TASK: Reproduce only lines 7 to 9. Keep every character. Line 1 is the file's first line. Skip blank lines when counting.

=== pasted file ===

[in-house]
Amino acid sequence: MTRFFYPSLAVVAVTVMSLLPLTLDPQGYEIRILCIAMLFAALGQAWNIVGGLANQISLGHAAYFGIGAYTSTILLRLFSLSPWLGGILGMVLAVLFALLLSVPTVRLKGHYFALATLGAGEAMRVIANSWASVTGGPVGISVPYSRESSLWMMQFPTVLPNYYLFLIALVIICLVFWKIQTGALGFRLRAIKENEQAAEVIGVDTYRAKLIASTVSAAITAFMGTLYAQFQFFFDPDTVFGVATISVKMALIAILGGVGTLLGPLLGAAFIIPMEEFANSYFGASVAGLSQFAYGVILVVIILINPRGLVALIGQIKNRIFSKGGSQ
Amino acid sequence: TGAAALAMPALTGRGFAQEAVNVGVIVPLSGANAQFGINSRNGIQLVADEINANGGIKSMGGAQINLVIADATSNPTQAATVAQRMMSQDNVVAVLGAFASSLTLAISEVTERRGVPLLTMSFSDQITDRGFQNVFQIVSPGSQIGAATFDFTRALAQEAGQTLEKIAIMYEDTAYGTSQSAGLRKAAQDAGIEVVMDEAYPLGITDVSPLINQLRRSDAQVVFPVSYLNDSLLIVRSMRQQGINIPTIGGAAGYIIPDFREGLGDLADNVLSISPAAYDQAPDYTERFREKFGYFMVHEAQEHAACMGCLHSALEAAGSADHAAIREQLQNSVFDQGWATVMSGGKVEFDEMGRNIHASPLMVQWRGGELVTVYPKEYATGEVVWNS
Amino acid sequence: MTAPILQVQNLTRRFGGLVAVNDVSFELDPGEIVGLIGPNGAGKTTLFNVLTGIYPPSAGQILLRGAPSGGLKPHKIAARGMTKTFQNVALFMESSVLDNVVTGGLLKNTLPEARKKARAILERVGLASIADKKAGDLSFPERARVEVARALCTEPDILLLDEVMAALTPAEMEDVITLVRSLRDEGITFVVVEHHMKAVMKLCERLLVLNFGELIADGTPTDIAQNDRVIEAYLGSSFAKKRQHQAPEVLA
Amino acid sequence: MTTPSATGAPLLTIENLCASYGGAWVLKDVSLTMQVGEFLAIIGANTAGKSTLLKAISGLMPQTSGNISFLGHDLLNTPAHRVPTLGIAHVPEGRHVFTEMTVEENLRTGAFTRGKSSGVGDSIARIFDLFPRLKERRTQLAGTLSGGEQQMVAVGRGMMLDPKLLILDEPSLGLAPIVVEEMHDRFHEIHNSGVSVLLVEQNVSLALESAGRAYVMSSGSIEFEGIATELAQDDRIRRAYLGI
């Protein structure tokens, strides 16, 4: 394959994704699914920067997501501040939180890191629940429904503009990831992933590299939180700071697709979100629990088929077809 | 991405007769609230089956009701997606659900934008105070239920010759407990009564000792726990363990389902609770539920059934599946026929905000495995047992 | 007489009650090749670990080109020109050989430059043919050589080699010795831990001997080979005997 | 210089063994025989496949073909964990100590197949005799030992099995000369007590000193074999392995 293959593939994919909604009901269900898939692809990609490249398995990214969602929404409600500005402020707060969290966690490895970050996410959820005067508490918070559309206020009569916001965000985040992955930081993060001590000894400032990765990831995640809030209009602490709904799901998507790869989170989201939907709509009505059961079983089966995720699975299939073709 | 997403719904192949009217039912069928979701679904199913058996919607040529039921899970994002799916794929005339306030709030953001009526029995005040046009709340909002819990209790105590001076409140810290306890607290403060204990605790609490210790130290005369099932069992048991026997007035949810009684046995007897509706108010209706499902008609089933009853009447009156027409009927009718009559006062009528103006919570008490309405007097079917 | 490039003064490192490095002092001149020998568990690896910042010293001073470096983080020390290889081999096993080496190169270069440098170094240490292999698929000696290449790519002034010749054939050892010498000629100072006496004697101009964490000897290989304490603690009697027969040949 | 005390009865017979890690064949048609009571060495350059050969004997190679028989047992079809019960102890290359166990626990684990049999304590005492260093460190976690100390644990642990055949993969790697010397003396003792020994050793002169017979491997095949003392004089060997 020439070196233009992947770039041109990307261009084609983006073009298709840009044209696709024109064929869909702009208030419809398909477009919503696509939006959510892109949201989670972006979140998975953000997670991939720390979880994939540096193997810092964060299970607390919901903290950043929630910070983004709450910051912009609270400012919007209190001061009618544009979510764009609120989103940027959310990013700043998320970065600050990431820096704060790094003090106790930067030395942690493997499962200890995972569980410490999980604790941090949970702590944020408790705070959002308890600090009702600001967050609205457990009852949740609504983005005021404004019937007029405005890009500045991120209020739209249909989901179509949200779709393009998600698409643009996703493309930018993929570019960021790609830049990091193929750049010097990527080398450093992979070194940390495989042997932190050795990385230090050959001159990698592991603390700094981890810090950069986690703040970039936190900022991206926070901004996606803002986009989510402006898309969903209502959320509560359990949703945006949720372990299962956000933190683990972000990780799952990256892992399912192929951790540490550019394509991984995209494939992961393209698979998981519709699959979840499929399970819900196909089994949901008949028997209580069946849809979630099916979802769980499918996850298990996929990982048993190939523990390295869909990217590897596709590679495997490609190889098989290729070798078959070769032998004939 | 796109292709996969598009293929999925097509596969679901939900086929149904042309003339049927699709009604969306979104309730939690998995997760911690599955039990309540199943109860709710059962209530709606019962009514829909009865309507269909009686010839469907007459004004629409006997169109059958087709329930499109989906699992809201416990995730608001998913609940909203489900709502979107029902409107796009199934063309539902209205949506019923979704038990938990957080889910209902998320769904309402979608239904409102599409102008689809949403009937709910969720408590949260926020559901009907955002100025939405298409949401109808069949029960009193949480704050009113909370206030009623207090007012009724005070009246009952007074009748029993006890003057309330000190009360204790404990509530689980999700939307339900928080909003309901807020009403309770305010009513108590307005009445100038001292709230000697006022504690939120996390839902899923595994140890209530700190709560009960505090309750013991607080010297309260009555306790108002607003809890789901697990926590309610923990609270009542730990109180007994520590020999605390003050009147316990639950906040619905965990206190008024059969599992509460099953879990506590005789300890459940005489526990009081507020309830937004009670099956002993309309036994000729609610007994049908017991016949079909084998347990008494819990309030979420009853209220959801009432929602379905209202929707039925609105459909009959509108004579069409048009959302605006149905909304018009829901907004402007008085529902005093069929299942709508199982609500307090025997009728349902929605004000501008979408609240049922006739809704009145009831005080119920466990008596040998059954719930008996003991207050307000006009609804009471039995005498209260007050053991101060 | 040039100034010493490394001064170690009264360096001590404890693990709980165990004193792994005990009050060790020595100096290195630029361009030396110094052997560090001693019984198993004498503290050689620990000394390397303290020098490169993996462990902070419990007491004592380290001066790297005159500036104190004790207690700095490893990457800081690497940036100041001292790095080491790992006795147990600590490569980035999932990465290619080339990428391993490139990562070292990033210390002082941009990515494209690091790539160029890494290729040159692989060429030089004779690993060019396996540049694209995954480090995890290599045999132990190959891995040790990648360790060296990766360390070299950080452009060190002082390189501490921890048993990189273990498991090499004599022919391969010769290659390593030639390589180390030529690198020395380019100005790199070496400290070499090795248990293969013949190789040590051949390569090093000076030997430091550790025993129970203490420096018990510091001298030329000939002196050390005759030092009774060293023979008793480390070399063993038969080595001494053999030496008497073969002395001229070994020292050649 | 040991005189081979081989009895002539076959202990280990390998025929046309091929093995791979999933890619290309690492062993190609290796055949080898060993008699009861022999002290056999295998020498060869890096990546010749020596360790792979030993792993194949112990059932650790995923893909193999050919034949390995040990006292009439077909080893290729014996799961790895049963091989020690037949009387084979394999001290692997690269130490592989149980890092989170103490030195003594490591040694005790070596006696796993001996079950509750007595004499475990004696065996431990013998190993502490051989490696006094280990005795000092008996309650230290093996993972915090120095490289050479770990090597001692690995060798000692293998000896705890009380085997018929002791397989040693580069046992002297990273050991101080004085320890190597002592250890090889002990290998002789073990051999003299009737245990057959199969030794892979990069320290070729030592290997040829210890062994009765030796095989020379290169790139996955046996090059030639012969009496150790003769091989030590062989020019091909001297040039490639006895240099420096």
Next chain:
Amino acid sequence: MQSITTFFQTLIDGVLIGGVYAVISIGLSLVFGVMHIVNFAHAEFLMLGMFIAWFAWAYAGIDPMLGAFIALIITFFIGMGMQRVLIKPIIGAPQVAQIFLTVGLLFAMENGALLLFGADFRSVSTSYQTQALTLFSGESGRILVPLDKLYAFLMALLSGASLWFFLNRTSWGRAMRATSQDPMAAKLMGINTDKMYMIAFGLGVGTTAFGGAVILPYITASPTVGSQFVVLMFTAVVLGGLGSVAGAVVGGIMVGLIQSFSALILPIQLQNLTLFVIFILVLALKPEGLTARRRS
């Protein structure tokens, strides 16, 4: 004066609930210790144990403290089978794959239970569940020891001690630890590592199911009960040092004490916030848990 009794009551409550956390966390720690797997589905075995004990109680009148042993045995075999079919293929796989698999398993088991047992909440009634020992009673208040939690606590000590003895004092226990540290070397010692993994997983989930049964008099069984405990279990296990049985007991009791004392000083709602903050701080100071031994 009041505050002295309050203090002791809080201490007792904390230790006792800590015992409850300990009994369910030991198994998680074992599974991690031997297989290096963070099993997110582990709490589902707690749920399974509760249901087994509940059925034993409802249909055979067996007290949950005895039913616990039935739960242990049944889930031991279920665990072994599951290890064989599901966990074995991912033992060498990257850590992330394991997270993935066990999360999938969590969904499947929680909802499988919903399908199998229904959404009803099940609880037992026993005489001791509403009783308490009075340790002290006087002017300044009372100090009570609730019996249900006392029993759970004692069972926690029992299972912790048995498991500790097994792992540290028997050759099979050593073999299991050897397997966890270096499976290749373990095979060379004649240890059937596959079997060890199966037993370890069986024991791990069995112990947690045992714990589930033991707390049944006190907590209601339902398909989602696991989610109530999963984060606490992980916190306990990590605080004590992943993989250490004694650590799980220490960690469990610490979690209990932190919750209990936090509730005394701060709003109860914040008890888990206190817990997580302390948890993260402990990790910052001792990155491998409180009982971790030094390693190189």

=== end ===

Next chain:
Amino acid sequence: MQSITTFFQTLIDGVLIGGVYAVISIGLSLVFGVMHIVNFAHAEFLMLGMFIAWFAWAYAGIDPMLGAFIALIITFFIGMGMQRVLIKPIIGAPQVAQIFLTVGLLFAMENGALLLFGADFRSVSTSYQTQALTLFSGESGRILVPLDKLYAFLMALLSGASLWFFLNRTSWGRAMRATSQDPMAAKLMGINTDKMYMIAFGLGVGTTAFGGAVILPYITASPTVGSQFVVLMFTAVVLGGLGSVAGAVVGGIMVGLIQSFSALILPIQLQNLTLFVIFILVLALKPEGLTARRRS
């Protein structure tokens, strides 16, 4: 004066609930210790144990403290089978794959239970569940020891001690630890590592199911009960040092004490916030848990 009794009551409550956390966390720690797997589905075995004990109680009148042993045995075999079919293929796989698999398993088991047992909440009634020992009673208040939690606590000590003895004092226990540290070397010692993994997983989930049964008099069984405990279990296990049985007991009791004392000083709602903050701080100071031994 009041505050002295309050203090002791809080201490007792904390230790006792800590015992409850300990009994369910030991198994998680074992599974991690031997297989290096963070099993997110582990709490589902707690749920399974509760249901087994509940059925034993409802249909055979067996007290949950005895039913616990039935739960242990049944889930031991279920665990072994599951290890064989599901966990074995991912033992060498990257850590992330394991997270993935066990999360999938969590969904499947929680909802499988919903399908199998229904959404009803099940609880037992026993005489001791509403009783308490009075340790002290006087002017300044009372100090009570609730019996249900006392029993759970004692069972926690029992299972912790048995498991500790097994792992540290028997050759099979050593073999299991050897397997966890270096499976290749373990095979060379004649240890059937596959079997060890199966037993370890069986024991791990069995112990947690045992714990589930033991707390049944006190907590209601339902398909989602696991989610109530999963984060606490992980916190306990990590605080004590992943993989250490004694650590799980220490960690469990610490979690209990932190919750209990936090509730005394701060709003109860914040008890888990206190817990997580302390948890993260402990990790910052001792990155491998409180009982971790030094390693190189």